A cybercrime group most likely based in the United States or Western Europe has been systematically targeting email accounts belonging to high-ranking corporate executives in order to gain access to insider information on mergers, acquisitions and other market-moving announcements, according to a recent report. This criminal campaign has been ongoing since at least mid-2013 and appears to be designed to extract information that could be used to manipulate the stock market.

Widespread Campaign

So far, executives from at least 100 publicly traded firms in various industries have been targeted. What remains unknown is how the cybercrime group, dubbed FIN4, is actually using or benefiting from the data, researchers at security vendor FireEye said in a report released Monday.

“However, one fact remains clear: Access to insider information that could make or break stock prices for dozens of publicly traded companies could surely put FIN4 at a considerable trading advantage,” the company noted.

Cybercrime Group Targets Health Care and Pharmaceutical Companies

FIN4’s targets have included C-level executives and other senior leadership, legal counsel and scientists; regulatory, risk and compliance personnel; and other people in senior advisory roles. Almost two-thirds of the targeted executives are from health care and pharmaceutical companies. The victims have included executives from biotechnology firms, medical device manufacturers, drug manufacturers and medical distributors.

People working in law firms, investment advice companies and other businesses that advise publicly traded organizations have also been frequent targets of FIN4. Only three of the publicly traded companies FIN4 is targeting are not listed on either the New York Stock Exchange or NASDAQ.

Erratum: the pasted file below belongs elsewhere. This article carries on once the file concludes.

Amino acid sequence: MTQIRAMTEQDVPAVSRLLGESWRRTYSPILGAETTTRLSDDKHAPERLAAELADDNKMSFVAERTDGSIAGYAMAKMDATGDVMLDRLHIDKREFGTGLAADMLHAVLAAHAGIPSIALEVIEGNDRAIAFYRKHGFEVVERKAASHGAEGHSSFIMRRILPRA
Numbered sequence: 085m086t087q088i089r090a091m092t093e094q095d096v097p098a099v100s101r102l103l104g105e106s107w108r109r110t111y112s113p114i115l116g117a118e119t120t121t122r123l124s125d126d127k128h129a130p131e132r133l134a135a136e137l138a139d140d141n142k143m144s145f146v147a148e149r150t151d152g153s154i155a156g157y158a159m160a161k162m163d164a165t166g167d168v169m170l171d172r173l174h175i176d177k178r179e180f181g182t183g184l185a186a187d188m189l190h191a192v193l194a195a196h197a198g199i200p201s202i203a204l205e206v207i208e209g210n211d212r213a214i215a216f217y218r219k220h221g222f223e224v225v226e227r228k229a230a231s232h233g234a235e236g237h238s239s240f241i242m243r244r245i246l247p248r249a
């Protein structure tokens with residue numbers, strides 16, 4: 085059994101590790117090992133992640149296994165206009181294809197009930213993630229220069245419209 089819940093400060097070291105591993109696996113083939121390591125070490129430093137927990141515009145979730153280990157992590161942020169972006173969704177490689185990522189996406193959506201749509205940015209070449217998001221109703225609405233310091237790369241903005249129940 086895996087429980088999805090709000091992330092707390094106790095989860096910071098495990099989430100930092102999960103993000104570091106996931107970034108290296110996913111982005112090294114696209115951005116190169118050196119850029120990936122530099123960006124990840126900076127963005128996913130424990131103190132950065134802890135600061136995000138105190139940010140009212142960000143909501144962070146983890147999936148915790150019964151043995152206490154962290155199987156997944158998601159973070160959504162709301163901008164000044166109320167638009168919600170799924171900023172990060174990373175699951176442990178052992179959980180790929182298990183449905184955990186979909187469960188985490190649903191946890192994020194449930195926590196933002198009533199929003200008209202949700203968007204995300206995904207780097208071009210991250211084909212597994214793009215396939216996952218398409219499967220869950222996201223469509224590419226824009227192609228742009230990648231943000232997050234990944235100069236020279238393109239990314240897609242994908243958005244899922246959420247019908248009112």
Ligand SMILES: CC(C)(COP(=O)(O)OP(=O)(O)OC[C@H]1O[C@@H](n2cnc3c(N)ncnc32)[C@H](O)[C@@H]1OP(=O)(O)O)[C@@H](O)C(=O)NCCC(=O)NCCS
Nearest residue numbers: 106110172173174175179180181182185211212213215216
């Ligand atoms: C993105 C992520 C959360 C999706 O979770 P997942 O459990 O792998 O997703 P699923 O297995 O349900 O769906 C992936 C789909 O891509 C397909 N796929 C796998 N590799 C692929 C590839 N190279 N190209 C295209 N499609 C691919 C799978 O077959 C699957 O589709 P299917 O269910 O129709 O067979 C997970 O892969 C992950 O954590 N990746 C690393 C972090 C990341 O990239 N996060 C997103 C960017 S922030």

Spear-Phishing for Nonpublic Data

In most cases, the cybercrime group appears to have focused solely on compromising the email accounts — not the actual computers — of their victims by using sophisticated spear-phishing tactics. The spear-phishing themes used in many of the attacks suggest members of the cybercrime group knew their targets and the dynamics of the stock market quite well.

For instance, the group often used mergers-and-acquisitions-themed and Securities and Exchange Commission-themed lures to get victims to click on rogue email attachments that then gave attackers control of the account, FireEye noted in its report. The emails were often sent from compromised accounts belonging to people familiar to the intended targets.

“Many of FIN4’s lures appeared to be stolen documents from actual deal discussions that the group then weaponized and sent to individuals directly involved in the deal,” the vendor noted. In some cases, the documents were publicly available, while in others, the documents used as phishing lures contained nonpublic information designed to get the victim to open the email attachment. In one campaign, FIN4 simultaneously targeted individuals from five different organizations involved in a single acquisition discussion.

Troubling Sign

The report offers a glimpse into what could be the start of a troubling new trend by cybercrime groups to try to steal insider information from companies for stock manipulation on a massive scale. Though there is no indication that FIN4 has actually done such a thing yet, the possibility for such manipulation exists given the data to which the group has had access over the past 18 months.

The U.S. Securities and Exchange Commission and others have expressed concern recently over the exposure of Wall Street firms to cyberattacks. Most of the concern has focused on potential disruptions to U.S. financial markets from cyberattacks against stock exchanges, brokerages and other Wall Street firms.

The kinds of attacks being carried out by FIN4 are somewhat different in nature and scope from what the U.S. Securities and Exchange Commission has been paying attention to in recent months. However, given the potential implications, such attacks could get on the regulatory body’s radar soon as well.

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